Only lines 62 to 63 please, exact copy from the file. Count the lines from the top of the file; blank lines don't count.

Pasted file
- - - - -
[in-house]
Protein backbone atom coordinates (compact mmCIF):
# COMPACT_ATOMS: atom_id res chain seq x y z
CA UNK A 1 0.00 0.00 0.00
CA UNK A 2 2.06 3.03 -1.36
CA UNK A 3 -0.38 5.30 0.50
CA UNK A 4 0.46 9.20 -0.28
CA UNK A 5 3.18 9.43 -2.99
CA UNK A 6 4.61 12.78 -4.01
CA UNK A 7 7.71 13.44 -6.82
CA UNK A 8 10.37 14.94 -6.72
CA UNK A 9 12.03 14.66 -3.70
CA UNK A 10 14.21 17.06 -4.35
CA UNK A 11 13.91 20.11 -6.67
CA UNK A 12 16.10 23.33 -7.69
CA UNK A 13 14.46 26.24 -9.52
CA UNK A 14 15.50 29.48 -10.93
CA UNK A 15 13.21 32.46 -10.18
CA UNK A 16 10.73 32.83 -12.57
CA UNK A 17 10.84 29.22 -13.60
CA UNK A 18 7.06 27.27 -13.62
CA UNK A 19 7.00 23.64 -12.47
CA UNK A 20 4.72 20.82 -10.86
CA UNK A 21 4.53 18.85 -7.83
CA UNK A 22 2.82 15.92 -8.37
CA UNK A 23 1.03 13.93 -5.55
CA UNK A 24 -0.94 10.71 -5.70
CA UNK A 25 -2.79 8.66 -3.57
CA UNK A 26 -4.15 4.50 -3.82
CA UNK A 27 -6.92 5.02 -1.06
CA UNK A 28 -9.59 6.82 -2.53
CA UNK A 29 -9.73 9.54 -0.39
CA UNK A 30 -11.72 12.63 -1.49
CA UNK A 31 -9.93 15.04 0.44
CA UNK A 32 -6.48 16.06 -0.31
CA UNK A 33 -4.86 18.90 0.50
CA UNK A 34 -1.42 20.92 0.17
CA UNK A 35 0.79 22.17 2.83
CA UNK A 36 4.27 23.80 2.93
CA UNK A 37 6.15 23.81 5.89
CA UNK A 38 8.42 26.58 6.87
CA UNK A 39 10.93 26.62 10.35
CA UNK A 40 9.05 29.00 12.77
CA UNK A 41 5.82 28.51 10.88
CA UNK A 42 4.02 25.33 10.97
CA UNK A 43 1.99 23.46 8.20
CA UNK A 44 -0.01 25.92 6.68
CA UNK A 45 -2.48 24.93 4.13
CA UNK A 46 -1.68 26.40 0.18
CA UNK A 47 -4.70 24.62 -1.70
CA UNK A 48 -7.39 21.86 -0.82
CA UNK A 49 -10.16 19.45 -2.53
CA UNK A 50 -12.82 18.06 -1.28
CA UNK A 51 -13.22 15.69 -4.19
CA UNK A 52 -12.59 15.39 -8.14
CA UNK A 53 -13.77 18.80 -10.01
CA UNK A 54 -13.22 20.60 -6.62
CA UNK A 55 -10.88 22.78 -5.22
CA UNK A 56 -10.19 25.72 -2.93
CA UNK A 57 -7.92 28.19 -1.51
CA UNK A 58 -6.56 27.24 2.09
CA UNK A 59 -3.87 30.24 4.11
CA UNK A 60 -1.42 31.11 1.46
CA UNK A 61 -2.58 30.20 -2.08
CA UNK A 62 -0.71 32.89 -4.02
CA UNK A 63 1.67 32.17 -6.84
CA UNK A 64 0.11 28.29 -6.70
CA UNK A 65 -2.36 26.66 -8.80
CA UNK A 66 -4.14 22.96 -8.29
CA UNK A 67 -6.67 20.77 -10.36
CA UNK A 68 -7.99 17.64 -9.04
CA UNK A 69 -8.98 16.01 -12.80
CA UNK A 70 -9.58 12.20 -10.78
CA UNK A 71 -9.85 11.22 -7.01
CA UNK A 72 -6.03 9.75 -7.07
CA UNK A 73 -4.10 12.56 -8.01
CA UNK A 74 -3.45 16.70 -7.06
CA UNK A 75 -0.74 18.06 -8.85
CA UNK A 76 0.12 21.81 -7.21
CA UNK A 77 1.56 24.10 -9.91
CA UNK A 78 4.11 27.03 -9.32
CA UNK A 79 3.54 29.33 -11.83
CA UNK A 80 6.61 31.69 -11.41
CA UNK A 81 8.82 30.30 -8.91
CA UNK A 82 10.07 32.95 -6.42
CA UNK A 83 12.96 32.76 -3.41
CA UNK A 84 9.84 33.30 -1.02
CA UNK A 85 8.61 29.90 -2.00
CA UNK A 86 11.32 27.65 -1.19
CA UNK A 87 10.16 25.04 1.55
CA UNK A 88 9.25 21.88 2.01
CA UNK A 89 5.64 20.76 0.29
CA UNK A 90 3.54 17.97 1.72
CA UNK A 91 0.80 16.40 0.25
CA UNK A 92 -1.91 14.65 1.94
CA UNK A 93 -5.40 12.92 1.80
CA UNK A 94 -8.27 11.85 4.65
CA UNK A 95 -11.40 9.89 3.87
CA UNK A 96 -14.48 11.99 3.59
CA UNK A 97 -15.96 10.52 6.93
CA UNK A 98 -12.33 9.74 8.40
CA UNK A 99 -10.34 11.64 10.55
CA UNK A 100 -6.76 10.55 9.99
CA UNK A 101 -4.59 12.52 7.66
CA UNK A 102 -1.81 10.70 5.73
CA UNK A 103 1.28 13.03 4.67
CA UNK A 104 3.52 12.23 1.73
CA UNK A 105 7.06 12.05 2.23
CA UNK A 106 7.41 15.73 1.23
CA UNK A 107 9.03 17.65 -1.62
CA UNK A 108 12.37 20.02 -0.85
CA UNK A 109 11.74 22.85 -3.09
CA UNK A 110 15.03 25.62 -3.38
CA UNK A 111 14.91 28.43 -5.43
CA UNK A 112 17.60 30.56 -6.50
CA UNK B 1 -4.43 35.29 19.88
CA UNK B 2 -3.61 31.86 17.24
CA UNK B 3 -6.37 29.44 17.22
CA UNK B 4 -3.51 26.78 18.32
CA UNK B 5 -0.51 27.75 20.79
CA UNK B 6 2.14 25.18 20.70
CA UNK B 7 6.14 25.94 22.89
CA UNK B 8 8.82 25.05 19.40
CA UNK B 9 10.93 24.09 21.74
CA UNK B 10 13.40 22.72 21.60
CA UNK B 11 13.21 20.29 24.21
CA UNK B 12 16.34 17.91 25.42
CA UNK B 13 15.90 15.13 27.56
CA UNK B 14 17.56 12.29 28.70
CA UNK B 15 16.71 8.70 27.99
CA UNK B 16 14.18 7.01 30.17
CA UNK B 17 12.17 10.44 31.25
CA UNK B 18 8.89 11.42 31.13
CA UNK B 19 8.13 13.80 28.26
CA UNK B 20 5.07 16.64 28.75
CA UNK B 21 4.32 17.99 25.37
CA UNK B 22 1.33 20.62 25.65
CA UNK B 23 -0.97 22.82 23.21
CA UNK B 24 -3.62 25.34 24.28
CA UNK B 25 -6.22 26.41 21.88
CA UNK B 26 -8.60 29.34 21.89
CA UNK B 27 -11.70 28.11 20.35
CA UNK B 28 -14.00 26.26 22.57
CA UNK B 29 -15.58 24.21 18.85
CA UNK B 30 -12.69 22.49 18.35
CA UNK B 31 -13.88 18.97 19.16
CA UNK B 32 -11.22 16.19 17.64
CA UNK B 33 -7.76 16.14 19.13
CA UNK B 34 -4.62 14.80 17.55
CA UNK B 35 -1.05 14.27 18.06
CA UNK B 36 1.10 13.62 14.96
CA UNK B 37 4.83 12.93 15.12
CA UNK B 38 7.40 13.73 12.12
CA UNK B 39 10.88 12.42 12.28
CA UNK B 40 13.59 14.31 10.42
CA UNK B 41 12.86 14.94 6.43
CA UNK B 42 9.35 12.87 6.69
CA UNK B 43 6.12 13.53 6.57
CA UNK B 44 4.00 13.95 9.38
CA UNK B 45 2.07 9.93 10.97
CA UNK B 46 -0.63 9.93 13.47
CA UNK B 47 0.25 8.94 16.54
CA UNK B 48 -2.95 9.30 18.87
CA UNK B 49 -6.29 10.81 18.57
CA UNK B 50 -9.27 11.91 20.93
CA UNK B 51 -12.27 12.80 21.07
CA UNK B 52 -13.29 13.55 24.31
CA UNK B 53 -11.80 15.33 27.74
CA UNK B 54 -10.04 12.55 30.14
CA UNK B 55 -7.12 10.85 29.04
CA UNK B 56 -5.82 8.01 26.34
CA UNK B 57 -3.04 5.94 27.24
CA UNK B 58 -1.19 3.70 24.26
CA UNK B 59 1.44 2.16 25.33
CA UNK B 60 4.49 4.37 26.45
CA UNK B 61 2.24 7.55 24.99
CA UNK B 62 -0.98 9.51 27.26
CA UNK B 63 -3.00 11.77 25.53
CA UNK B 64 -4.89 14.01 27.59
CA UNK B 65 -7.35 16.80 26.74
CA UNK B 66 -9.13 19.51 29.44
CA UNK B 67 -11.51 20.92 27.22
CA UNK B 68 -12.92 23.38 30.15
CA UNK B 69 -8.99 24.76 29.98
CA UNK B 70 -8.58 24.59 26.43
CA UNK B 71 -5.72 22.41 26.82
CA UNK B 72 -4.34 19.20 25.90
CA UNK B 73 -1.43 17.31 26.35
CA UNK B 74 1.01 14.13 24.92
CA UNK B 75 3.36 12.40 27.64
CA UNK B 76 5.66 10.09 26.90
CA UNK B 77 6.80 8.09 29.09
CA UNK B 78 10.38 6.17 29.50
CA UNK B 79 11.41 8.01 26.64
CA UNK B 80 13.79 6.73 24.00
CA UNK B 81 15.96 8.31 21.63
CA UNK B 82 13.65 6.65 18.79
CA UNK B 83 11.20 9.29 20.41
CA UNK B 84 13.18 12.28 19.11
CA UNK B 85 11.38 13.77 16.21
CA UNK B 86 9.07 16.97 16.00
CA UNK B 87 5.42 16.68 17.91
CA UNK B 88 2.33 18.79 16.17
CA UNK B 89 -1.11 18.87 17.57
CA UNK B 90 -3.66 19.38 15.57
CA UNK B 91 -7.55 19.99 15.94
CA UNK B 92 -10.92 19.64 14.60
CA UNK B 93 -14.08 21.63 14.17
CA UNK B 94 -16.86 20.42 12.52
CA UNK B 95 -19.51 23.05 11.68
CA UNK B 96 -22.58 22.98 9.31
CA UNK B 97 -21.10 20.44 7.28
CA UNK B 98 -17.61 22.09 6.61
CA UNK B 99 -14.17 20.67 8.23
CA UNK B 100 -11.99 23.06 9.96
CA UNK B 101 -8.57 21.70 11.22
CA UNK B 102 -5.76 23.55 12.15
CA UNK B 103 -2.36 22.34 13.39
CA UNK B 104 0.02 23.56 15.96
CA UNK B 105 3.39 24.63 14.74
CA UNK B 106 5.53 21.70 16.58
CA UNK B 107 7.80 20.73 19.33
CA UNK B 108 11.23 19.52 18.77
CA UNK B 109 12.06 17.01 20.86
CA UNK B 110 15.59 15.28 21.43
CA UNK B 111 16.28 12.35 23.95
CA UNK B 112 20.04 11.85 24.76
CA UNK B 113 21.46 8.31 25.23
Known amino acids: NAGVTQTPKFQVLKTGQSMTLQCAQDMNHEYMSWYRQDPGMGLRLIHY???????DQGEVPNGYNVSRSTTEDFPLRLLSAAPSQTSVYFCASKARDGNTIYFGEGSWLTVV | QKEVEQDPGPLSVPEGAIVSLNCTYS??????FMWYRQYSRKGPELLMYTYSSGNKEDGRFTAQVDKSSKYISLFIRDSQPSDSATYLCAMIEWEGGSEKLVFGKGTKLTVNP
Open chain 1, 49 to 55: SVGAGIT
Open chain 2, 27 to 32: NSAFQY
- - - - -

CA UNK A 59 -3.87 30.24 4.11
CA UNK A 60 -1.42 31.11 1.46